Similarly, health can be an issue if you don't have access to the Healing Surge ability from the Sorcery tree, or its bloodsucking Faer Gorta minion. If you're going pure Finesse, make sure to put some points in Alchemy for health and mana potions or, better yet, just buy a ton of them since gold is not a problem in this game.
Another option is to create your own equipment to fulfill these gaps in your build, socket specific health and mana regeneration gems into the odd useful socketable piece of armor, or use a few rings or an amulet to give you that regen. Since you'll also find more useful rings and amulets that give you bonus damage and XP, you might just want to stick with a socketable regeneration gem or the potions solution.
The Sorcery tree
I doubt I need to tell anyone how to be a mage, but there are a few nuances to the spells you can pick.
Weapon of choice
There's not a lot of choice here. The Staff is your main weapon, and your Chakrams keep groups at bay. You can use the Scepter if you must, but the mana drain for every attack is a downer. It doesn't hit and stagger groups of enemies as nicely as the Chakrams do, so you're probably better off ignoring the Scepter altogether.
The Chakrams are worth looking into for every player, as they are perhaps the most effective secondary weapon in the game. They don't seem that powerful if you focus on the stats, but they hit anyone in a long wide strip in front of you and the damage output in groups can reach ridiculous proportions. A full combo of attacks will also make the discs hit enemies in close proximity around you when they fly back from the final attack. Time it right, and you'll evade getting hit in close combat just by sticking with the Chakrams. The dodge-attack move from Arcade Weaponry IV is also a fun way to juggle anyone who happens to get in your way.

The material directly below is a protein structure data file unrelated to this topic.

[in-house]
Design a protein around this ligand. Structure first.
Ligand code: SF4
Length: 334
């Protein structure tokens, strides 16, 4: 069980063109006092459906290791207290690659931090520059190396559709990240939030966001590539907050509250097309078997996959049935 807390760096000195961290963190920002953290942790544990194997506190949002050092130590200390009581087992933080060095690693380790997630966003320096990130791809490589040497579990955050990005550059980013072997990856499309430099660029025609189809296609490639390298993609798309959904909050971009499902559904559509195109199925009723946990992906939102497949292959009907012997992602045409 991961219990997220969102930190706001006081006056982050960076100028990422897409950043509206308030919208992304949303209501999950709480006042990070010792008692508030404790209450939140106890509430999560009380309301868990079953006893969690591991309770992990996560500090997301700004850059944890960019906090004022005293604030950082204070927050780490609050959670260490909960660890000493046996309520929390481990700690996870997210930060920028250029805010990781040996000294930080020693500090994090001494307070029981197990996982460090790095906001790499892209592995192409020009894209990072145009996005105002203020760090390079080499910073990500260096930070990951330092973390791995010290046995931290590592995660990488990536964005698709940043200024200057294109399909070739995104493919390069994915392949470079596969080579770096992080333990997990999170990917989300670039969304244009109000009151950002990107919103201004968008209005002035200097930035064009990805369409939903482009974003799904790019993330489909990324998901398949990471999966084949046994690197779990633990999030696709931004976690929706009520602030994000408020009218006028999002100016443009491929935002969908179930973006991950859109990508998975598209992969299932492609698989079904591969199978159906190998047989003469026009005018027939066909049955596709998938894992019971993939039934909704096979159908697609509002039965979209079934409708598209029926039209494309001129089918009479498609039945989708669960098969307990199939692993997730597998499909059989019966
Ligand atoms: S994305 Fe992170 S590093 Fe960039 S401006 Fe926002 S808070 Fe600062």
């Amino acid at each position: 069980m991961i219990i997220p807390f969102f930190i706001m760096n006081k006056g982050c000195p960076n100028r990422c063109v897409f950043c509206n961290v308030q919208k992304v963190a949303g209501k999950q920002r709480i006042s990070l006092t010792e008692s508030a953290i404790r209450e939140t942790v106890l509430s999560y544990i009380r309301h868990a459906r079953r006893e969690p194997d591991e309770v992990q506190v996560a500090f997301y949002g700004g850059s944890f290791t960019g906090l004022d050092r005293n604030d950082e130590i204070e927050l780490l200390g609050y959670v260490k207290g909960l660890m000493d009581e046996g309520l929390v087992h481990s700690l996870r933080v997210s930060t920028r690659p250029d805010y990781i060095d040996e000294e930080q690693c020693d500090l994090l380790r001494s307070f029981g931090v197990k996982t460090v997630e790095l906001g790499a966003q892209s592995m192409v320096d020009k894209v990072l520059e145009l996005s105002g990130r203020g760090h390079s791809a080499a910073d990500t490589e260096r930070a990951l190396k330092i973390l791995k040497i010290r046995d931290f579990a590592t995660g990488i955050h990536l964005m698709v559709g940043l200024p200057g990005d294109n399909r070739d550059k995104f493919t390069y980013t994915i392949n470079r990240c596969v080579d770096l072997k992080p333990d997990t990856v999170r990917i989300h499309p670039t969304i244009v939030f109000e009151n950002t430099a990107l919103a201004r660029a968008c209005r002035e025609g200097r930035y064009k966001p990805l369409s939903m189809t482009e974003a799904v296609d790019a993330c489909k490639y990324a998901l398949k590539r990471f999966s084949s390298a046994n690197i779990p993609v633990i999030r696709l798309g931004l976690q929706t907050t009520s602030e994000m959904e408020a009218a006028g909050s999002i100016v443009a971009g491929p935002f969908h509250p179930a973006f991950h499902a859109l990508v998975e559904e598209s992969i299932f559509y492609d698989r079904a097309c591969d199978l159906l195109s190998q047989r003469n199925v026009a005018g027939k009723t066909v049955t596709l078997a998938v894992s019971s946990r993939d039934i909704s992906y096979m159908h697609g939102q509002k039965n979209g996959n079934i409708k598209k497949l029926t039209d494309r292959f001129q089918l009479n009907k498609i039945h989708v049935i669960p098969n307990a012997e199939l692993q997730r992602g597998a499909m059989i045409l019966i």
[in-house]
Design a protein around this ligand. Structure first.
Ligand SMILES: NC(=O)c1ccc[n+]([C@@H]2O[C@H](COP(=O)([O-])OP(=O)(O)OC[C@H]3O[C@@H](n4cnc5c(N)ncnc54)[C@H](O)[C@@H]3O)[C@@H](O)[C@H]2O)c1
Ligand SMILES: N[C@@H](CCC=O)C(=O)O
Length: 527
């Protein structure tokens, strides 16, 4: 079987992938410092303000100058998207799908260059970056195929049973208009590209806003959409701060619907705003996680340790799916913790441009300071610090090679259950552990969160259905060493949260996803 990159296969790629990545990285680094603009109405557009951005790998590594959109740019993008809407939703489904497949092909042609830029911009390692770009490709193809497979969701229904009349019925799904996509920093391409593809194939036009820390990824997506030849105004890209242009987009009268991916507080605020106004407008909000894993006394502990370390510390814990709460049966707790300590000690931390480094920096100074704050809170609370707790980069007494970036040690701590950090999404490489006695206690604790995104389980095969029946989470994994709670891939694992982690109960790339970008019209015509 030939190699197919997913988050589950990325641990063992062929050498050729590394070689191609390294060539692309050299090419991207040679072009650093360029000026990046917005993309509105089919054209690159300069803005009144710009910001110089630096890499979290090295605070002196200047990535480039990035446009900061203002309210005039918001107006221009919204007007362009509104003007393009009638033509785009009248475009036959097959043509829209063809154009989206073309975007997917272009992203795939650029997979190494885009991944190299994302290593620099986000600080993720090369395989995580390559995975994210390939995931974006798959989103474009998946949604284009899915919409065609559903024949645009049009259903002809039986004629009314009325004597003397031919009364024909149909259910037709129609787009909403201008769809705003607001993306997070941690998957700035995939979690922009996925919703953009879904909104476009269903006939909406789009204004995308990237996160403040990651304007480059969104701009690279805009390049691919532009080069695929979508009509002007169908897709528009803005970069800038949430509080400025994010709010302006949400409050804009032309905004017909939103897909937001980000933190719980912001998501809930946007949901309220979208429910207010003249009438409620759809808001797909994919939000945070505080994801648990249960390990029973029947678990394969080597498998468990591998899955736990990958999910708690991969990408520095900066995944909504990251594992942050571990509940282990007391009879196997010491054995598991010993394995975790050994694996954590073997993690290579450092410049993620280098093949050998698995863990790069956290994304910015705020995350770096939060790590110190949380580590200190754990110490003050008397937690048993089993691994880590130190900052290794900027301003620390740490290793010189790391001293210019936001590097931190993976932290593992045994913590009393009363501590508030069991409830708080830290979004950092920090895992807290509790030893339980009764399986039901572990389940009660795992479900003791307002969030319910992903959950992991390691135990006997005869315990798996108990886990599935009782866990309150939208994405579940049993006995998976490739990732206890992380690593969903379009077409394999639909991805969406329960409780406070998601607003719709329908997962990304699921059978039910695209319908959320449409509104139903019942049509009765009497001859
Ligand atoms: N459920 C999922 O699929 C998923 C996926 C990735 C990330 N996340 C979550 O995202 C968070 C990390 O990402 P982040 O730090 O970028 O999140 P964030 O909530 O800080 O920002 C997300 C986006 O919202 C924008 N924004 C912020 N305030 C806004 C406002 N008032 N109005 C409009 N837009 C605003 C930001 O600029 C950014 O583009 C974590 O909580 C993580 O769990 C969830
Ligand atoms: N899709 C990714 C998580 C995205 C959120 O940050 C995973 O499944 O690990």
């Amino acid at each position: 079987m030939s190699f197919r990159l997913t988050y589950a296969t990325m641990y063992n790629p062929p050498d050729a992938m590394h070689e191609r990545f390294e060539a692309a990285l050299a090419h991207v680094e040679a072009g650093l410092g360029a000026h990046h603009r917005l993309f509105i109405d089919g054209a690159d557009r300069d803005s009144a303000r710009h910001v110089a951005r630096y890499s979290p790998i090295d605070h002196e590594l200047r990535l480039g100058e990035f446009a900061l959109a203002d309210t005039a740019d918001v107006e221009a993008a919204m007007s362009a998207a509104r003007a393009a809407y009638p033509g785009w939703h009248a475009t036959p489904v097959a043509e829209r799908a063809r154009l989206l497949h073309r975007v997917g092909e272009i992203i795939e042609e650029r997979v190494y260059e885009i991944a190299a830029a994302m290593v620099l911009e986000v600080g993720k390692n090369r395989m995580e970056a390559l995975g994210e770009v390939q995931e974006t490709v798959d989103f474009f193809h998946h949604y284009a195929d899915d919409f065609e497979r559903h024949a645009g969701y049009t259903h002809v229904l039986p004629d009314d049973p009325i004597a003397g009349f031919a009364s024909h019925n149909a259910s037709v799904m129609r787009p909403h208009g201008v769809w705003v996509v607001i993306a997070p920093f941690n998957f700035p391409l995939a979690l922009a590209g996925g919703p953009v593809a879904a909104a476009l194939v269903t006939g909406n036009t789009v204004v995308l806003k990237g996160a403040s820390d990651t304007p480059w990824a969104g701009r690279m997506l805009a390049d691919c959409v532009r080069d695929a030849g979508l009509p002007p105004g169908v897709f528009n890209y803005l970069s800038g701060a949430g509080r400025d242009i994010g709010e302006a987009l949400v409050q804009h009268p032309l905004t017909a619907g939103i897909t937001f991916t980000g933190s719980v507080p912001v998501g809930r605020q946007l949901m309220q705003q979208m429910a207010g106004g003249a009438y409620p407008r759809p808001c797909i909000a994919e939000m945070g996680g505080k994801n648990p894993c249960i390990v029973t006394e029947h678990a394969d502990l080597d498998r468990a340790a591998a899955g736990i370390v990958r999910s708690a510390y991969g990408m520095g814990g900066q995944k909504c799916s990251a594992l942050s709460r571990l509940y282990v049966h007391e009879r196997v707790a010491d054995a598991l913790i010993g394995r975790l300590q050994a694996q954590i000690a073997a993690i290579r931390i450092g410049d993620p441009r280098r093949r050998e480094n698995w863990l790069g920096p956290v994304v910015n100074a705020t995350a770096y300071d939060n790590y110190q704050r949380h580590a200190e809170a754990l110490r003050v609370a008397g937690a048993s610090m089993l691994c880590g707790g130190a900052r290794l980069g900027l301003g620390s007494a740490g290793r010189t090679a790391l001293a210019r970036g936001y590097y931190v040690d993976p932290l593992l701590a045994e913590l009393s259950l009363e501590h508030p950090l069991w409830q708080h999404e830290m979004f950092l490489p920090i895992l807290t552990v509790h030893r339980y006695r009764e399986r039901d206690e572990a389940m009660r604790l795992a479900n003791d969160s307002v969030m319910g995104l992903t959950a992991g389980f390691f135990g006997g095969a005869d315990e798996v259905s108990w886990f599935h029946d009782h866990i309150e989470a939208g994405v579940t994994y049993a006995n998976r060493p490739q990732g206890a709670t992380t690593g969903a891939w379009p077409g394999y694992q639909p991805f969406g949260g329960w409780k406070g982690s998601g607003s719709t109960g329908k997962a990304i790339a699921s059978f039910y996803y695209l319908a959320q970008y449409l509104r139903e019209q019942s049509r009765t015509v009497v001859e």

The downside is that in order to unlock the dodge-attack, you'll need a point in Arcane Weaponry III. This ability lets you do a delayed attack for your Staff and Chakrams, but it bounces you backwards when you do this with the Chakrams. This in turn puts you further away from the enemies you want to hit, but what's worse: it takes too long to recover from the dodge-attack and leaves you open to attack. Especially when in Fateshifting mode, it can happen that you try to time your Chakram attacks to hit single enemies at range and sometimes you'll accidentally do a delayed attack when you turn to swap targets. It costs precious time, so learn to work your way around it if you can.